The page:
What difference does “flexigidity” make to you?

I like David’s use of the word “flexigidity” or, as he puts it: taking the healthy tension between the need to change and the need to stay the same—and in a sense, turning it into a marriage.

In a marriage, when two become one they do not lose their core identities. As they strive to be flexible enough to adapt to life together, yet rigid enough not to lose the shape of things that ought not be bent, there will be compromises and differences to resolve.  As in a marriage, if you are looking for flexigidity for your organization, your family, or just for your own personal character, there’s a continual need to work at it, and a continual need for all concerned to go outside their comfort zone.

In an organization or family, there’s a need to discuss the need for adapting to new situations and circumstances, while staying true to core principles. Don’t expect one another to automatically see the need to change and grow, or the need to preserve things that ought not be changed. These things need to be discussed in an atmosphere of mutual respect. You might even want to use David’s article as a jumping off place for the discussion: since it is removed from your situation, it will be easier for people to be objective.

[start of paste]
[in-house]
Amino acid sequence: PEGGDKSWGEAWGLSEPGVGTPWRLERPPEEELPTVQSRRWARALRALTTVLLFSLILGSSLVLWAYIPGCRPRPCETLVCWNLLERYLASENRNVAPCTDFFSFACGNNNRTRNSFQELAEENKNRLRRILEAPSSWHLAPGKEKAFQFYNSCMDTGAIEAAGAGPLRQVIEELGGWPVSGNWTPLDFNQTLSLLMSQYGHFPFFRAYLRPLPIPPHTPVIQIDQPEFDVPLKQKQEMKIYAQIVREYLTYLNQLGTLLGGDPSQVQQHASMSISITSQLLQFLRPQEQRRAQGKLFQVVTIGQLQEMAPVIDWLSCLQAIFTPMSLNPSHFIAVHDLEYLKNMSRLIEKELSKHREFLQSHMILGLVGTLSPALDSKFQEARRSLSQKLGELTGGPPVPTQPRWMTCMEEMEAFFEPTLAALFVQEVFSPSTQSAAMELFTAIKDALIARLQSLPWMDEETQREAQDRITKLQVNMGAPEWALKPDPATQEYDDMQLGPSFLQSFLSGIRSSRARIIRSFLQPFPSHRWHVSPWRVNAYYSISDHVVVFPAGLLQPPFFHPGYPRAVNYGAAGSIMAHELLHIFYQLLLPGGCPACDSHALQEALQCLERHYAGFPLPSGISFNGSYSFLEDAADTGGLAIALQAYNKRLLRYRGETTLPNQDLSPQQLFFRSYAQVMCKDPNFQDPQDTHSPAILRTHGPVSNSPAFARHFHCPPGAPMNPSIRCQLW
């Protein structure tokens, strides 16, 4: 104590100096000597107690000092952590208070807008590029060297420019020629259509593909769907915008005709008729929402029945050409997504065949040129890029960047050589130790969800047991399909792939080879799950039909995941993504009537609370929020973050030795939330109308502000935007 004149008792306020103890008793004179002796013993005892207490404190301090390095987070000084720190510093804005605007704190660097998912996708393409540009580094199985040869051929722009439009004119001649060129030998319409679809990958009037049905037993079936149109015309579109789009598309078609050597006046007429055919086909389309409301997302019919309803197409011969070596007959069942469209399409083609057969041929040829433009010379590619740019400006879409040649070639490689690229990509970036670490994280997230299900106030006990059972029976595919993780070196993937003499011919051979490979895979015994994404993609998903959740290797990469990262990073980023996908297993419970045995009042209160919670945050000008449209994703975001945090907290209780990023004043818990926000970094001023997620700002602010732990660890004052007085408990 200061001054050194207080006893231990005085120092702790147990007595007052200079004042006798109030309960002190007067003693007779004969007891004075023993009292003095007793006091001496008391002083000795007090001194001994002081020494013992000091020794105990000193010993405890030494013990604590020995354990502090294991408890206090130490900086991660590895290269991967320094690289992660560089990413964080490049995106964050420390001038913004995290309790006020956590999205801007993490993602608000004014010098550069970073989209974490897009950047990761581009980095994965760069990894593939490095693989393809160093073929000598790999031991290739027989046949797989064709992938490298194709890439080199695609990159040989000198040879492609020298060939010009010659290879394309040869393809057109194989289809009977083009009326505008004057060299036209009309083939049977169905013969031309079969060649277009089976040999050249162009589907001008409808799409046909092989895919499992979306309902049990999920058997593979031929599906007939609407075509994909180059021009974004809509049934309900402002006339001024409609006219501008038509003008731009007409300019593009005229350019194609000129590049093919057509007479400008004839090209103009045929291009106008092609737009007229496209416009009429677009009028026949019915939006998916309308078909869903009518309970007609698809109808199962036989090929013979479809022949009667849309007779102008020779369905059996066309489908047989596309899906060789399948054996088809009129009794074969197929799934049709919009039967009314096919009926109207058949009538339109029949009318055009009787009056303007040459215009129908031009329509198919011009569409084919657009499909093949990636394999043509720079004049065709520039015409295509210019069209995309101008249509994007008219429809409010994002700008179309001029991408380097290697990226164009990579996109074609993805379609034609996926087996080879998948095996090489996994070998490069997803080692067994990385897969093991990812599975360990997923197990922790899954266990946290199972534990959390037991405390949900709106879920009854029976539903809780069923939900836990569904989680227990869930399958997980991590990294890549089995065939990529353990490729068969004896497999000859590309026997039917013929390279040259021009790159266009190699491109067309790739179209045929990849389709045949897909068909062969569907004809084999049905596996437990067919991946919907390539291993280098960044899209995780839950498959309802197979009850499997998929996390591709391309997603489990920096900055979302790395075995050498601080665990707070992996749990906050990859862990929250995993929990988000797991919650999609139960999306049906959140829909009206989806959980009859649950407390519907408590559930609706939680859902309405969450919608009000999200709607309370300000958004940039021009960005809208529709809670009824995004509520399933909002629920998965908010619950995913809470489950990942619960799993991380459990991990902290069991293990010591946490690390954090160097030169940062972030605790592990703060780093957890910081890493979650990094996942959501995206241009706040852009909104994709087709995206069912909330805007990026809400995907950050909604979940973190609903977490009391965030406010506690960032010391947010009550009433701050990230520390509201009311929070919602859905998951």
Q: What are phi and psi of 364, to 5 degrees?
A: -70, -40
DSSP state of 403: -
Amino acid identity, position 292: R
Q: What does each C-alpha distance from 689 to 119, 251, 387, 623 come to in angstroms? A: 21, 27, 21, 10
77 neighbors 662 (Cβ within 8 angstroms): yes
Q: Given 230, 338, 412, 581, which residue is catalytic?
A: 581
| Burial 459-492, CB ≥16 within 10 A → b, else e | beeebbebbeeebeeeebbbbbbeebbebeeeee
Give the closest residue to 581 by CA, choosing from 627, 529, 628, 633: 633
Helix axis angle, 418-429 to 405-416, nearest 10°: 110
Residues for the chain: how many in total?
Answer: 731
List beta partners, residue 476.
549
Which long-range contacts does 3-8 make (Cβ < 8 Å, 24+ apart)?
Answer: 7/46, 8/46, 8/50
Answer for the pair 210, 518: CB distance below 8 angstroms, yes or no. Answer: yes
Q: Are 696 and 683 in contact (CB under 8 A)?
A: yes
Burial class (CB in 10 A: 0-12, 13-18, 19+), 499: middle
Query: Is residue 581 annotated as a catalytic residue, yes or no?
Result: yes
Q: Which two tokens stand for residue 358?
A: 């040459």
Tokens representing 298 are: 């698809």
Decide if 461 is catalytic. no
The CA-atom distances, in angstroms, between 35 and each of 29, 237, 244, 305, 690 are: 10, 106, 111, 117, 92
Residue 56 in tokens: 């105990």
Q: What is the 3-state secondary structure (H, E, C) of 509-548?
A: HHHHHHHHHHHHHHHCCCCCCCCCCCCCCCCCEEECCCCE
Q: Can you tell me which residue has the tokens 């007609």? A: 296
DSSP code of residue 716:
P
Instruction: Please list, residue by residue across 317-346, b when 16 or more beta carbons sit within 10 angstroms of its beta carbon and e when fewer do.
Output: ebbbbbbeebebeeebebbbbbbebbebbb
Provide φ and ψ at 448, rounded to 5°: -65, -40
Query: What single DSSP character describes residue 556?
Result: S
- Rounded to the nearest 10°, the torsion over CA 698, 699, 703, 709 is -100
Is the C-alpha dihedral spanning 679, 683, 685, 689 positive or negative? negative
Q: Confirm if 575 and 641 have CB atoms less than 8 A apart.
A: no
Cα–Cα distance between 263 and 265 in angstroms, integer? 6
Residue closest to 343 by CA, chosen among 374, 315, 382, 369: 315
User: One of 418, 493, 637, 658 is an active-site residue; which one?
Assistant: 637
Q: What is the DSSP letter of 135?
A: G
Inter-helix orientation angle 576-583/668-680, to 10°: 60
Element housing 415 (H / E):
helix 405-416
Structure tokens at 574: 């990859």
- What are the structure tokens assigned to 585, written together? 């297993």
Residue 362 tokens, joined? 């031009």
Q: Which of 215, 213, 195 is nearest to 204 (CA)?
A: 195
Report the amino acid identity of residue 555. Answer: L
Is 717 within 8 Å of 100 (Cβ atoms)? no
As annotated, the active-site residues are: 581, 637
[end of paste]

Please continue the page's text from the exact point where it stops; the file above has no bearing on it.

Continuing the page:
Maybe you would like to develop flexigity on an individual basis, for your own personal growth, and to be able to evaluate and respond, not react, to changes (or lack of changes) going on around you. It will help to recognize the push/pull in your own heart. Are you more likely to push for change or resist change? Once you know your natural tendency, you will know where you have to work harder to achieve a more objective and balanced approach. Remind yourself that adaptability and rigidity both serve a purpose, and pray for wisdom to understand and respond to the need for whichever comes less naturally to you. You may be surprised by the results!